Friday, January 25, 2019, 7:00 PM - 8:00 PM
This is an event intended to allow the church an opportunity to pursue His presence during our "Experience His Presence" series. It is a tangible way to engage the...
Cain spoke to Abel his brother. And when they were in the field, Cain rose up against his brother and killed him. Then the LORD said to Cain, “Where is Abel your brother?” Cain said, “I do not know; am I my brother’s keeper?” And the LORD said to Cain, “What have you done? The voice of your brother’s blood is crying to me from the ground. And now you are cursed from the ground, which has opened its mouth to receive your brother’s blood from your hand.”
I’ve done it. You’ve done it. Cain did it. You hear from the Lord, only to–quite strangely—do nothing about what was just heard. At best we postpone doing what the Lord directed; at worst we dismiss it as inapplicable “in my case.” God grants the freedom to choose a “yes” or “no” to His directive. Oddly, we often feel empowered to ignore. In doing so, we take a step further into sin. Such is the liability of being a son of the First Adam.
Moses doesn’t disclose what Cain said to Abel immediately following the elder’s flashing-yellow-light encounter with God. The LXX (ancient Greek translation of Genesis) has Cain making an appointment, adding: “Let us go out to the field.” If historical, his words suggest a deliberate, plotted, disobedient response to God’s warning. Cain follows the leadership of his flesh, a private plan gestated in anger and born in violent rage. Not satisfied merely to end a brother’s life, Cain sheds blood (one can see a forecast of how Israel’s angry elders would destroy their own kin–their Messianic son–centuries later).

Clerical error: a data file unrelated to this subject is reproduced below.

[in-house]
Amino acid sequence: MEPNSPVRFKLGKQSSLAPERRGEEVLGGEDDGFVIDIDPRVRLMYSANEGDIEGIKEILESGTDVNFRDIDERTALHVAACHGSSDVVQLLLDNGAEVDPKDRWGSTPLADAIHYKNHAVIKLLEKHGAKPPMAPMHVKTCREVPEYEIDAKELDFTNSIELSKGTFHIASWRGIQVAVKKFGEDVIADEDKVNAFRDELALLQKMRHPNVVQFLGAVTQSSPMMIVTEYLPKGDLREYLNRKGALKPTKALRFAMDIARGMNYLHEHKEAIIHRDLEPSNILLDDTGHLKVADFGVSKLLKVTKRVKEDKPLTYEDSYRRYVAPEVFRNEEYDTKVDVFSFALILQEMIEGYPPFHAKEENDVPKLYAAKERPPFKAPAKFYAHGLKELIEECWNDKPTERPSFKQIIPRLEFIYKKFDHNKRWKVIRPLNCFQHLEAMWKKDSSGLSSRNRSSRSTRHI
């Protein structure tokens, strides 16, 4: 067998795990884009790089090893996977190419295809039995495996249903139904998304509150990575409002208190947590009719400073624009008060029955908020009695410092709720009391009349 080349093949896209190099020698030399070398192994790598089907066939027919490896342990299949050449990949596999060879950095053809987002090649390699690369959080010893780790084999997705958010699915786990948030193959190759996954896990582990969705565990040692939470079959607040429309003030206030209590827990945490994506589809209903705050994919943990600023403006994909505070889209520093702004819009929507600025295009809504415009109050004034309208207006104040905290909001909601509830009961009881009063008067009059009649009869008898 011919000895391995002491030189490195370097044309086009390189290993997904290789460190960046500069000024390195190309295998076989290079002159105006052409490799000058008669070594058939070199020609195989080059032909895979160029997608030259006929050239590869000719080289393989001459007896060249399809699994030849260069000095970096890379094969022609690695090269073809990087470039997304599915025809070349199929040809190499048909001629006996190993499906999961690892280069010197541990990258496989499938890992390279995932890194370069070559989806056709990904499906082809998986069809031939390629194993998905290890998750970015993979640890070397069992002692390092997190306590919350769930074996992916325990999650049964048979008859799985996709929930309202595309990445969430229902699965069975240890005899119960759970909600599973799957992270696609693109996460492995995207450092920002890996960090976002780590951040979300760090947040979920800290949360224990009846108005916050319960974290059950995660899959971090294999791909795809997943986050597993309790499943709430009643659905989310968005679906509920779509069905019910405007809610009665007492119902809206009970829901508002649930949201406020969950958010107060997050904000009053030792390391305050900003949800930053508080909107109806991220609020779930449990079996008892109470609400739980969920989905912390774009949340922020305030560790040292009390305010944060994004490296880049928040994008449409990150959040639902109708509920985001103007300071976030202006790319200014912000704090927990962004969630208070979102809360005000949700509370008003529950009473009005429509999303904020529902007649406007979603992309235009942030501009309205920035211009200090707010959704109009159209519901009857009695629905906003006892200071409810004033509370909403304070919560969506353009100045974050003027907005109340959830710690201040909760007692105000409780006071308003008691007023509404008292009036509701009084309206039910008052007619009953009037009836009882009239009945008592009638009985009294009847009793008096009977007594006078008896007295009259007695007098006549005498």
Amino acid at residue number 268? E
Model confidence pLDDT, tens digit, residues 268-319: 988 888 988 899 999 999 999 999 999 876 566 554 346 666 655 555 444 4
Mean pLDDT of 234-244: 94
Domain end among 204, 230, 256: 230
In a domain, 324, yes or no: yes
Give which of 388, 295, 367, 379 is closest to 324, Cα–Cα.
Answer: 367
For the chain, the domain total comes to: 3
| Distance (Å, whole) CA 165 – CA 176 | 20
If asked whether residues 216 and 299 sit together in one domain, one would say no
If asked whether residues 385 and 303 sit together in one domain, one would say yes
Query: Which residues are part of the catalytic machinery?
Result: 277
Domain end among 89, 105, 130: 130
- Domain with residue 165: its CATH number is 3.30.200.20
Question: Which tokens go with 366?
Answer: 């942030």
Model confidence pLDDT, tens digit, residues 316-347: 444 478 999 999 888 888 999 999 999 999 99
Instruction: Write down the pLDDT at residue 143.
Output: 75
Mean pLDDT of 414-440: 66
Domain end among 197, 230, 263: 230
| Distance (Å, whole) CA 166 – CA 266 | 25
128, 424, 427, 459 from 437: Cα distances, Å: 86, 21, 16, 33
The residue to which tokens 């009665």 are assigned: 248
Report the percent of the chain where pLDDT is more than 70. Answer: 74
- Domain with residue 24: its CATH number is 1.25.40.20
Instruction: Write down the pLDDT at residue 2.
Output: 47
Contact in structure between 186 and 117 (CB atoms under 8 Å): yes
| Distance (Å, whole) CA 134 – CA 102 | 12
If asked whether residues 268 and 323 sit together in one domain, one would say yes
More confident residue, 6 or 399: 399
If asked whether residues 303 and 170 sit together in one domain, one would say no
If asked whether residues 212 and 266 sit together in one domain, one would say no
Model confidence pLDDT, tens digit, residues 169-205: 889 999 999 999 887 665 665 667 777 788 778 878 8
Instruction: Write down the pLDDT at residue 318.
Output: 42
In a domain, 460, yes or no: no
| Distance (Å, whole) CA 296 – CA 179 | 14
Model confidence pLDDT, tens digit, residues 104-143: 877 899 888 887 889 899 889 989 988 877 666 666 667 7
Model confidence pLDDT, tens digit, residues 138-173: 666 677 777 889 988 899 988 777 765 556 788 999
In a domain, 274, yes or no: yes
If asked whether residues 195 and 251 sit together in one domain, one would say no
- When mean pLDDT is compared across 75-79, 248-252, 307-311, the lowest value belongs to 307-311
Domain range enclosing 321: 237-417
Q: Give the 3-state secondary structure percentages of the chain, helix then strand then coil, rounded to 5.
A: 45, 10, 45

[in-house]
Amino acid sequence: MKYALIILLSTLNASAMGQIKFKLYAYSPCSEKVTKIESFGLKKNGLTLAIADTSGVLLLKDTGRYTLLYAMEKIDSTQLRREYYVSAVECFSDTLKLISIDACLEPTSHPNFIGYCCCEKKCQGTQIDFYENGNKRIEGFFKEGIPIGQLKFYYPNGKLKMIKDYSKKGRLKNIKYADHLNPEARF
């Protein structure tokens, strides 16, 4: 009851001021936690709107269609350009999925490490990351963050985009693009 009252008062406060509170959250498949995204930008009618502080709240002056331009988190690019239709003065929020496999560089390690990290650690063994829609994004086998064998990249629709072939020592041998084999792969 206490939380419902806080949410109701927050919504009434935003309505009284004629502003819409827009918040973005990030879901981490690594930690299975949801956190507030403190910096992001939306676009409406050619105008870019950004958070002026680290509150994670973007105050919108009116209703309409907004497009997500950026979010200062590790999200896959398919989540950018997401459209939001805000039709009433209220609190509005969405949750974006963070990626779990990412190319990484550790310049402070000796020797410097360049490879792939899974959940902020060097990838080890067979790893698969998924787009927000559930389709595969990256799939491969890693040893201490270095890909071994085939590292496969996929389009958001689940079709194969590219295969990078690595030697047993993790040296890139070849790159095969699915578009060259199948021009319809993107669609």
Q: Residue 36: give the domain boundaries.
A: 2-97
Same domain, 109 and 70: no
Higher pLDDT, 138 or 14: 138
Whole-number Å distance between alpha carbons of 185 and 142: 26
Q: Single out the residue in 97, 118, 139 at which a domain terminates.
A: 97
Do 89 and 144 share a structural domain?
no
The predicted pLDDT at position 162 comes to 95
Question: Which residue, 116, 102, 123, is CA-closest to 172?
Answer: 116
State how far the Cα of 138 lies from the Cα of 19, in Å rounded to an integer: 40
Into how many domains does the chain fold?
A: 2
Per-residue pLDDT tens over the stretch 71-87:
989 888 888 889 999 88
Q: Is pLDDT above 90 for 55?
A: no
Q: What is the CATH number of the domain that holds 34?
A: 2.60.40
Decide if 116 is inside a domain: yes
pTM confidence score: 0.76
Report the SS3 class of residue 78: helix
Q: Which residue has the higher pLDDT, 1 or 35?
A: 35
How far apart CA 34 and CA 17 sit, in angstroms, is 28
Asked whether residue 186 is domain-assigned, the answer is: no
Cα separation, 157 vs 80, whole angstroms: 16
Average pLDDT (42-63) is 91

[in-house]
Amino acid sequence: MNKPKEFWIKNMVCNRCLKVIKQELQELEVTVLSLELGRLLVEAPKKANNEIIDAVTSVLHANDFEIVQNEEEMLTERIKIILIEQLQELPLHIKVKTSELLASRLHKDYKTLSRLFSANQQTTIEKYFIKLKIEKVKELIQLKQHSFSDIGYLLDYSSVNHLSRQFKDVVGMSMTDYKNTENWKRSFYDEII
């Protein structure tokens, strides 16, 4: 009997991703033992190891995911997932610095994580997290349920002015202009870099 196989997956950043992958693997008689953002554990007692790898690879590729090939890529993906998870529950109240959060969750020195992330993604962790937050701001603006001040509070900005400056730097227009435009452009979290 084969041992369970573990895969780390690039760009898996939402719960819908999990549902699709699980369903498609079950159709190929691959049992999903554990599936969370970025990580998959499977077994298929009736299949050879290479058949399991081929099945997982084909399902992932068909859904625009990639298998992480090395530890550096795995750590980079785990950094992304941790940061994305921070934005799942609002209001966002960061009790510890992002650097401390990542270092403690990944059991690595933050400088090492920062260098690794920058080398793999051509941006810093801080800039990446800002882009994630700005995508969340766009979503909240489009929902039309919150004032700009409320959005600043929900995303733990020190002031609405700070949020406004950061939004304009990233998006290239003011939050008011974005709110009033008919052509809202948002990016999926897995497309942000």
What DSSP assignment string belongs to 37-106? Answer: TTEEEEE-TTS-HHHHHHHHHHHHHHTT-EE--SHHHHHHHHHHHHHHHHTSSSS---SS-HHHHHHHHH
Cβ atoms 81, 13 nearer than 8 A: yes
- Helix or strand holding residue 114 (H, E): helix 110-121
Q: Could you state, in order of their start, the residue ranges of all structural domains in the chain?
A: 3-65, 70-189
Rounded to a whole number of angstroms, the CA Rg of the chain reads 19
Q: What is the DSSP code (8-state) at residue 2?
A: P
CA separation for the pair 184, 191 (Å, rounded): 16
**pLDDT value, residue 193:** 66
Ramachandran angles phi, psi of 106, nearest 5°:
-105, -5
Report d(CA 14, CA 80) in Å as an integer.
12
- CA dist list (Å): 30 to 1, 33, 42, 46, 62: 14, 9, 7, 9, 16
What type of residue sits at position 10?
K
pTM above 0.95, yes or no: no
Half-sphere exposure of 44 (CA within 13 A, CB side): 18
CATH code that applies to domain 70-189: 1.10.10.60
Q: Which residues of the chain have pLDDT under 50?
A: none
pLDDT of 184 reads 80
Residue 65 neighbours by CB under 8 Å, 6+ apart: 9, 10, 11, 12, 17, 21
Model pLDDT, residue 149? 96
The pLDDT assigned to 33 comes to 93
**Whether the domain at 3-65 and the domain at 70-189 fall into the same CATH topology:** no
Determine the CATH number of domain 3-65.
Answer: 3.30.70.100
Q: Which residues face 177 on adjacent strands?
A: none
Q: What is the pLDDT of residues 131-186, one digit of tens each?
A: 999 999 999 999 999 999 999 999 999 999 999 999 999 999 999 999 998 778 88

In grace, the Lord again meets and speaks with Cain. More questions. Another opportunity for repentance. Sadly, again, Cain mimics his father's evasiveness (cf. Genesis 3:12), yet minus the qualified admission. His impenitence is met with brutal disclosure and consequences. Nothing good results from sinning. By Divine action, the very ground Cain relies on for a living becomes all-the-more his adversary. However, though judged, mercy protects (Gen.4:15). Kidner:
“It is the utmost mercy can do for the unrepentant” (Genesis, p.76).